A few months ago someone gave me lavender essential oil, which has been proven to reduce stress. Each morning I open the top of this small bottle, inhale, exhale, and go about my day. When I additionally received an at-home mud mask, I instinctively poured a few drops of the oil into the mix and have been applying it to my face, on average, two times a week. I just figured the calming feeling would transfer to my face, I had no idea that doing so could benefit my skin — a fact I only recently became aware of.
I was like so many novices in that lavender was the only essential oil I knew. Apparently there are over 90, which means I barely inhaled the surface. When I discovered Shelter Island resident Sarah Shepherd was doing an herbal workshop at Marders in Bridgehampton on how to make essential oil perfumes, my interest was piqued.
Shepherd’s magical energy guided me through an informative and interactive class in Marders’ fairly new greenhouse. The sun warmed the room as aromatic oils filled my olfactory senses. By the end of the class, I had created my own, unique compound of an essential oil from a brand called Serene Living. I created it for my mother; eucalyptus, tea tree, Stress Gone, grapefruit, and Tension Release. Additionally, I mixed roughly 15 drops of this oil compound into a perfume mixed with a sunflower seed carrier oil, and a body spray mixed with rose water. I cannot say enough good things about this workshop. As a woman with an inherently chaotic, New York energy, I can tell you Shepherd created a peaceful, inviting space.
So what is an essential oil, essentially? It is a highly concentrated plant oil, extracted through distillation; capturing the scent, or essence, of the plant along with the unique chemical composition. It can be from leaves to roots. To give you an idea of what it takes to make this, the National Institute of Environmental Health Sciences notes that it takes 220 pounds of lavender flowers to produce nearly one pound of oil.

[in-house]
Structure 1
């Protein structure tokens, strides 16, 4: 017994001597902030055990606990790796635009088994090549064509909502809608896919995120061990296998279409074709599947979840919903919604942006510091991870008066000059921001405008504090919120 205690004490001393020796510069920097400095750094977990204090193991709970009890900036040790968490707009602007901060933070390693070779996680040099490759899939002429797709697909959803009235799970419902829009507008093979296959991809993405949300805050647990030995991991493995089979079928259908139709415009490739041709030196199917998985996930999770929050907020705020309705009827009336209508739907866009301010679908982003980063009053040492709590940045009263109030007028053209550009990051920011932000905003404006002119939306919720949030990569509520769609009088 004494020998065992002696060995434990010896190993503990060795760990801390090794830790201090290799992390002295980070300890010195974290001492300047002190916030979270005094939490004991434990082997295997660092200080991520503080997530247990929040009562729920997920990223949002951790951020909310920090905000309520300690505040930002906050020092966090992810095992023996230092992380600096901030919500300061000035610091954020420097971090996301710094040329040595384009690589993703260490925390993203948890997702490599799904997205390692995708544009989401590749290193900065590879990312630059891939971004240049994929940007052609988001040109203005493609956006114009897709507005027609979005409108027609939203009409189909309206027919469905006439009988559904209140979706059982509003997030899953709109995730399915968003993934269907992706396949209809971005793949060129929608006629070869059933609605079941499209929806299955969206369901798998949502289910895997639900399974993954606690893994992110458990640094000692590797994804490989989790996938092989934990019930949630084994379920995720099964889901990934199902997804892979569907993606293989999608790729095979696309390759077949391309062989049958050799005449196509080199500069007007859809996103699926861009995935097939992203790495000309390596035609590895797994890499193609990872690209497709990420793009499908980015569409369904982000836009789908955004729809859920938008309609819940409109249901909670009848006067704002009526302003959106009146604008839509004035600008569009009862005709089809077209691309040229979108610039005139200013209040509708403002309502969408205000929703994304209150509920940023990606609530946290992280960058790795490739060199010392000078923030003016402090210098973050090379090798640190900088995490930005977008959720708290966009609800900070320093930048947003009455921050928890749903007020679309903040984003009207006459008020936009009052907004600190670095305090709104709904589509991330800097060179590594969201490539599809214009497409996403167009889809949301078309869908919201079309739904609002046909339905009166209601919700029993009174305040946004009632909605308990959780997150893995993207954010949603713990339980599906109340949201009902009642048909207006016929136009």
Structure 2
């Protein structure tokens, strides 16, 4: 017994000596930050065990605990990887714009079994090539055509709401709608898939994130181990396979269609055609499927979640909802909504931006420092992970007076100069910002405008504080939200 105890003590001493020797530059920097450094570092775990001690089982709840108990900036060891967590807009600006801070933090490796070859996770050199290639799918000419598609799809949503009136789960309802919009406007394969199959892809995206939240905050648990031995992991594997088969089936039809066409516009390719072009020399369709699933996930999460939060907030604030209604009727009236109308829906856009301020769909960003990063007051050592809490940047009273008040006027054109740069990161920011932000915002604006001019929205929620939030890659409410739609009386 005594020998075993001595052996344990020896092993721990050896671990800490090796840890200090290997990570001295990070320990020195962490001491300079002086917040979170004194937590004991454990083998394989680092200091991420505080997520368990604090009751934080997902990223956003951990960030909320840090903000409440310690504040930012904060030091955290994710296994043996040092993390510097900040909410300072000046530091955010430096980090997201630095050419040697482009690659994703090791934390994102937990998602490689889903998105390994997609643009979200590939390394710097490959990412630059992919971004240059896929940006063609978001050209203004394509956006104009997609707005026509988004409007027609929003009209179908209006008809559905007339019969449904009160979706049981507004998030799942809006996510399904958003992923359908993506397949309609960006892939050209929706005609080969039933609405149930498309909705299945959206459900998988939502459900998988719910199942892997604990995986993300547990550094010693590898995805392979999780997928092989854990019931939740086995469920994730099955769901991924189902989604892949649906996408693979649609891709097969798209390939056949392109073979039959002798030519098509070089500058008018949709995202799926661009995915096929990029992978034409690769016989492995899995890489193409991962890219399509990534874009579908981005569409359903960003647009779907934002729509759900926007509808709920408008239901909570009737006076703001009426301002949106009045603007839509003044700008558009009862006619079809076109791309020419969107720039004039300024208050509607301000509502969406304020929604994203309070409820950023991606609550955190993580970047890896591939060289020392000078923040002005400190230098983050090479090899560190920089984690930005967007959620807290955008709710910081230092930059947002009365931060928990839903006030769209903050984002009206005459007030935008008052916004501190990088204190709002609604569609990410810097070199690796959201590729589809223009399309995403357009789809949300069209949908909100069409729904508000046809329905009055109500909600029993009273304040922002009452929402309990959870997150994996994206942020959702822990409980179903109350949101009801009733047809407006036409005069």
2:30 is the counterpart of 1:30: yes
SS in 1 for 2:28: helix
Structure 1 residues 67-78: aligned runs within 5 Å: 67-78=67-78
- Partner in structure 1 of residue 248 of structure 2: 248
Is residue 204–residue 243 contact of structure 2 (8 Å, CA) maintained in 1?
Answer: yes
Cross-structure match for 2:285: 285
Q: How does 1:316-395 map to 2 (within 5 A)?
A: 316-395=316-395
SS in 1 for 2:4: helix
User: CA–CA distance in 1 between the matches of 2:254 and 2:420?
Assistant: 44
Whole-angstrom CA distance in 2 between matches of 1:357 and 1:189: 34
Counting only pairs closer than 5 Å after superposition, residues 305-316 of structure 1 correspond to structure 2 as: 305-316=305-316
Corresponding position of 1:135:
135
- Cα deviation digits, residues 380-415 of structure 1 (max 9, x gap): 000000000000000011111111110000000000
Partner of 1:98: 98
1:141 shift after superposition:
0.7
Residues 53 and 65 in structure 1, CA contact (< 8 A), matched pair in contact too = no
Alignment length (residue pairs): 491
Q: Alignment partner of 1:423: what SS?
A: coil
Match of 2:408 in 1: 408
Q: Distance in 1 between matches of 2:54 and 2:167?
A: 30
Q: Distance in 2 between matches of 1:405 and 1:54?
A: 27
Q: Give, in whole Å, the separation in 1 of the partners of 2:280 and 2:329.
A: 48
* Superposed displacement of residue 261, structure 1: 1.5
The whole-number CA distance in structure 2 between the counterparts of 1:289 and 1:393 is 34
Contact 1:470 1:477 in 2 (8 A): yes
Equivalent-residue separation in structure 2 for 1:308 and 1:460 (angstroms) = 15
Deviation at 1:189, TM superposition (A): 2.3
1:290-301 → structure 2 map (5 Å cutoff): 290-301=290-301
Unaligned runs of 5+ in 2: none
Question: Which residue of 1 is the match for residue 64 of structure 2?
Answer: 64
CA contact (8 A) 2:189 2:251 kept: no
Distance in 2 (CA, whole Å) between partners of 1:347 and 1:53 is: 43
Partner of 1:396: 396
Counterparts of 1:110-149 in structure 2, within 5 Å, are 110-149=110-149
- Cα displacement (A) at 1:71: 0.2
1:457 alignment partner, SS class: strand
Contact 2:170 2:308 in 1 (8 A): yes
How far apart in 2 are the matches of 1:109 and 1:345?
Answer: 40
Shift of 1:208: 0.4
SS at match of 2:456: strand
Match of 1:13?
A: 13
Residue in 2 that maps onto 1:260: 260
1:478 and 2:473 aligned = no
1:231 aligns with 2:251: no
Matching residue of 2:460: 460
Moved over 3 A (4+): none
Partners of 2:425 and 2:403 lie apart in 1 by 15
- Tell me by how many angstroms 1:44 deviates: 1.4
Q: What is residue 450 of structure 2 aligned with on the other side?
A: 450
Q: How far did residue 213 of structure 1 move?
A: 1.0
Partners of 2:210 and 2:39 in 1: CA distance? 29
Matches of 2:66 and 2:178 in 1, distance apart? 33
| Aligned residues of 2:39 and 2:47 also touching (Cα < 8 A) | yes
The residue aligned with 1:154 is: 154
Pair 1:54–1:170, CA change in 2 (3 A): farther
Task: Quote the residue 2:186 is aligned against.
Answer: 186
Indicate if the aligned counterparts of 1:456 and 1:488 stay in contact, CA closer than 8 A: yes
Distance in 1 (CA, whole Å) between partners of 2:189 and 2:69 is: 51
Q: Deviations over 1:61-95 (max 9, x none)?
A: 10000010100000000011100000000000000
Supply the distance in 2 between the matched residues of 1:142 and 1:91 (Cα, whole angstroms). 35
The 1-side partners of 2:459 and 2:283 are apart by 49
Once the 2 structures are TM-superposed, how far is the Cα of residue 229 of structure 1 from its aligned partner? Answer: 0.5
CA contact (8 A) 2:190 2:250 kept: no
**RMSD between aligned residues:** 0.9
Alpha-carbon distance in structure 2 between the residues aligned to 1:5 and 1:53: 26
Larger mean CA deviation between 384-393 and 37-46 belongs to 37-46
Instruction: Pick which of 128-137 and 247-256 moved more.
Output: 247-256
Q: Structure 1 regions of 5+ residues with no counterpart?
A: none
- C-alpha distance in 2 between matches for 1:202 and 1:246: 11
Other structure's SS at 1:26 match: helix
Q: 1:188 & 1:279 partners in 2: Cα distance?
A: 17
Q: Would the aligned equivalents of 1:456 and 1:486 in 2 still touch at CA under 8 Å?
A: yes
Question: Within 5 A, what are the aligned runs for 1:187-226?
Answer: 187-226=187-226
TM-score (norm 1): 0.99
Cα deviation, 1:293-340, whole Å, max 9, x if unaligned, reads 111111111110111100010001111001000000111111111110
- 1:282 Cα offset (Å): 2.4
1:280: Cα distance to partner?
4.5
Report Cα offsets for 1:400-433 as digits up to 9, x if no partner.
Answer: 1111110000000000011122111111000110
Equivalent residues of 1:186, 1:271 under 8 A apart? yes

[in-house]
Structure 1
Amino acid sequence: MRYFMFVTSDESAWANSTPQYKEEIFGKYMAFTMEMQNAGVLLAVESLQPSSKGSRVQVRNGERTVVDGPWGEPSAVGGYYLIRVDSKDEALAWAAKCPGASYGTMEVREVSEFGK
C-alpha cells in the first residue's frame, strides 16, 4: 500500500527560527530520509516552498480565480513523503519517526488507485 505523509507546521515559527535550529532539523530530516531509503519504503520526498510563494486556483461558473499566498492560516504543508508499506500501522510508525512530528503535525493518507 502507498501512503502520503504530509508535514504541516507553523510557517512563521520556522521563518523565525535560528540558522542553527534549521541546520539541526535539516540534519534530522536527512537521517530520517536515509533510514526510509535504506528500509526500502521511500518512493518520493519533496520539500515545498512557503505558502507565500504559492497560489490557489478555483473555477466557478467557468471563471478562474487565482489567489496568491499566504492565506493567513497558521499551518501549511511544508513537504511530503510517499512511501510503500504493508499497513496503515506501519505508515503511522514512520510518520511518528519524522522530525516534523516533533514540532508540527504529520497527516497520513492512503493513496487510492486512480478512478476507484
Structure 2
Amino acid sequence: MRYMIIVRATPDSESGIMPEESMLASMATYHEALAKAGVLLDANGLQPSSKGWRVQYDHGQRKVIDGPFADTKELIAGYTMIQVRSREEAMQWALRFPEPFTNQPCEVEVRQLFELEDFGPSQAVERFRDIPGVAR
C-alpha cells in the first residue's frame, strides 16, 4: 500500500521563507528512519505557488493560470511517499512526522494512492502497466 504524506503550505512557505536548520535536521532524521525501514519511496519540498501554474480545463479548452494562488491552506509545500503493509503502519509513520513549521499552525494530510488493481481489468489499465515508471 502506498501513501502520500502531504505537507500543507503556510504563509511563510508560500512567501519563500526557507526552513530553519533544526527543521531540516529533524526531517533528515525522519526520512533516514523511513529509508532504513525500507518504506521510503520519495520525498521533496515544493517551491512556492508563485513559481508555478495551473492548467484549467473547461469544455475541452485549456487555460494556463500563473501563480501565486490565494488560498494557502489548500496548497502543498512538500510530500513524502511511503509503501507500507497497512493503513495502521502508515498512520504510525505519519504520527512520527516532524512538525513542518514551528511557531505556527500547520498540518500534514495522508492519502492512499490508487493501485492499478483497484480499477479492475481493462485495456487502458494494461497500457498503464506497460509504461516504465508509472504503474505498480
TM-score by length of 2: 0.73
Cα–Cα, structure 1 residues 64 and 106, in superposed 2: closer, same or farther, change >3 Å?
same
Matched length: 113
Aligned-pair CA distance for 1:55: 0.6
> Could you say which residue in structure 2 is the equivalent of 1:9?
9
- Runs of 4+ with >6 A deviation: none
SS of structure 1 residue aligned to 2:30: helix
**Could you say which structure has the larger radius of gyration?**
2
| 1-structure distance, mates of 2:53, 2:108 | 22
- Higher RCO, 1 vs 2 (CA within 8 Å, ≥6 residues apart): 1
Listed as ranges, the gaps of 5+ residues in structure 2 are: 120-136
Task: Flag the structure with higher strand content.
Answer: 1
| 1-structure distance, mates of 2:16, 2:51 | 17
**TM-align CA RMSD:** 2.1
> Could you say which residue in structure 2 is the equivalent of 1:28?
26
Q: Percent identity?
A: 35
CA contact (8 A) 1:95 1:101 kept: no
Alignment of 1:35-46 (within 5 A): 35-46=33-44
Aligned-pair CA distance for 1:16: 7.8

How do you apply them? These extracts can be inhaled directly (best, if used with a diffuser) or mixed with a carrier oil, diluting the concentrated essential oil, to be applied to the skin. Carrier oils in your own kitchen can include extra-virgin olive oil, almond oil, and coconut oil.
Place them on pulse points. It’s best to do intricate research on what your goal is to pick the oil and location on the body best for you. Take it one step further and apply a few drops of essential oil to a bath, your face mask (like I did), shampoo, and beyond. To give an idea of ratio, I added roughly 11 drops of my essential oil blend into a two-ounce bottle of rose water.
Skip the hazardous chemicals added to so many household products typically used on a daily basis. Rather than buying into synthetic fragrances, create your own from one of the many essential oils. It does more than heal, it also smells really good.
Upcoming classes include “Full moon flower essences” on May 18 and “Creating your own herbal apothecary” on May 26. Sign up for one of Shepherd’s other classes at Marders by visiting http://www.marders.com.